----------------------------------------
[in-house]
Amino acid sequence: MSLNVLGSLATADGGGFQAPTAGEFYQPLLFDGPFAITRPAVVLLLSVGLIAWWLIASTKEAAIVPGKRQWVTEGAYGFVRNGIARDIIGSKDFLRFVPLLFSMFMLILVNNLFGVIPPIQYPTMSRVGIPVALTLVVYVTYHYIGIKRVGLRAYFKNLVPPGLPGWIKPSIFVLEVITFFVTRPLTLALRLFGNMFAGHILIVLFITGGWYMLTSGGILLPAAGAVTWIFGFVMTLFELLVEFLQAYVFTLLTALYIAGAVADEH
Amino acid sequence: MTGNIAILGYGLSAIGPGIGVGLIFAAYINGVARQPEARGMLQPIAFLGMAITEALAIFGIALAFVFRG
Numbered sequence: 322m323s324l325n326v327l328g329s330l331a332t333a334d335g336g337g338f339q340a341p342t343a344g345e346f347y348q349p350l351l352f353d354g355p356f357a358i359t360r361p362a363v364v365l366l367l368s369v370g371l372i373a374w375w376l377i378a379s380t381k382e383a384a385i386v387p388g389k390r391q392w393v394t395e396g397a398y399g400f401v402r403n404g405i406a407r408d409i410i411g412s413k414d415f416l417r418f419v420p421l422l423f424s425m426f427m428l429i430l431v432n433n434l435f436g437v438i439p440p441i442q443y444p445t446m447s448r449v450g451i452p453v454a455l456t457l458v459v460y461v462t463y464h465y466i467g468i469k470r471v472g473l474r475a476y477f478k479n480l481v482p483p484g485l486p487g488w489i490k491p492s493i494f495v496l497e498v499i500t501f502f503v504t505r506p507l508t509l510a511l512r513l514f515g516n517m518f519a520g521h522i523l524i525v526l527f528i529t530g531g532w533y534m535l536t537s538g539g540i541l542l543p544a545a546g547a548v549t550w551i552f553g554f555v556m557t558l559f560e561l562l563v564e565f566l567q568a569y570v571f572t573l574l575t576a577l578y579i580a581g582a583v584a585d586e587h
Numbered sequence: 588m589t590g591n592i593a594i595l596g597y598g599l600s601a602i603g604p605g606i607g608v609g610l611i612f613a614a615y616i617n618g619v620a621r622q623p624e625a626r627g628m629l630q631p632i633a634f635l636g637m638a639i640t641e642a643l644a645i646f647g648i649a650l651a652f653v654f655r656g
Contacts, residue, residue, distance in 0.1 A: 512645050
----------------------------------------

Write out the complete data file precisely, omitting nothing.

[in-house]
Amino acid sequence: MSLNVLGSLATADGGGFQAPTAGEFYQPLLFDGPFAITRPAVVLLLSVGLIAWWLIASTKEAAIVPGKRQWVTEGAYGFVRNGIARDIIGSKDFLRFVPLLFSMFMLILVNNLFGVIPPIQYPTMSRVGIPVALTLVVYVTYHYIGIKRVGLRAYFKNLVPPGLPGWIKPSIFVLEVITFFVTRPLTLALRLFGNMFAGHILIVLFITGGWYMLTSGGILLPAAGAVTWIFGFVMTLFELLVEFLQAYVFTLLTALYIAGAVADEH
Amino acid sequence: MTGNIAILGYGLSAIGPGIGVGLIFAAYINGVARQPEARGMLQPIAFLGMAITEALAIFGIALAFVFRG
Numbered sequence: 322m323s324l325n326v327l328g329s330l331a332t333a334d335g336g337g338f339q340a341p342t343a344g345e346f347y348q349p350l351l352f353d354g355p356f357a358i359t360r361p362a363v364v365l366l367l368s369v370g371l372i373a374w375w376l377i378a379s380t381k382e383a384a385i386v387p388g389k390r391q392w393v394t395e396g397a398y399g400f401v402r403n404g405i406a407r408d409i410i411g412s413k414d415f416l417r418f419v420p421l422l423f424s425m426f427m428l429i430l431v432n433n434l435f436g437v438i439p440p441i442q443y444p445t446m447s448r449v450g451i452p453v454a455l456t457l458v459v460y461v462t463y464h465y466i467g468i469k470r471v472g473l474r475a476y477f478k479n480l481v482p483p484g485l486p487g488w489i490k491p492s493i494f495v496l497e498v499i500t501f502f503v504t505r506p507l508t509l510a511l512r513l514f515g516n517m518f519a520g521h522i523l524i525v526l527f528i529t530g531g532w533y534m535l536t537s538g539g540i541l542l543p544a545a546g547a548v549t550w551i552f553g554f555v556m557t558l559f560e561l562l563v564e565f566l567q568a569y570v571f572t573l574l575t576a577l578y579i580a581g582a583v584a585d586e587h
Numbered sequence: 588m589t590g591n592i593a594i595l596g597y598g599l600s601a602i603g604p605g606i607g608v609g610l611i612f613a614a615y616i617n618g619v620a621r622q623p624e625a626r627g628m629l630q631p632i633a634f635l636g637m638a639i640t641e642a643l644a645i646f647g648i649a650l651a652f653v654f655r656g
Contacts, residue, residue, distance in 0.1 A: 512645050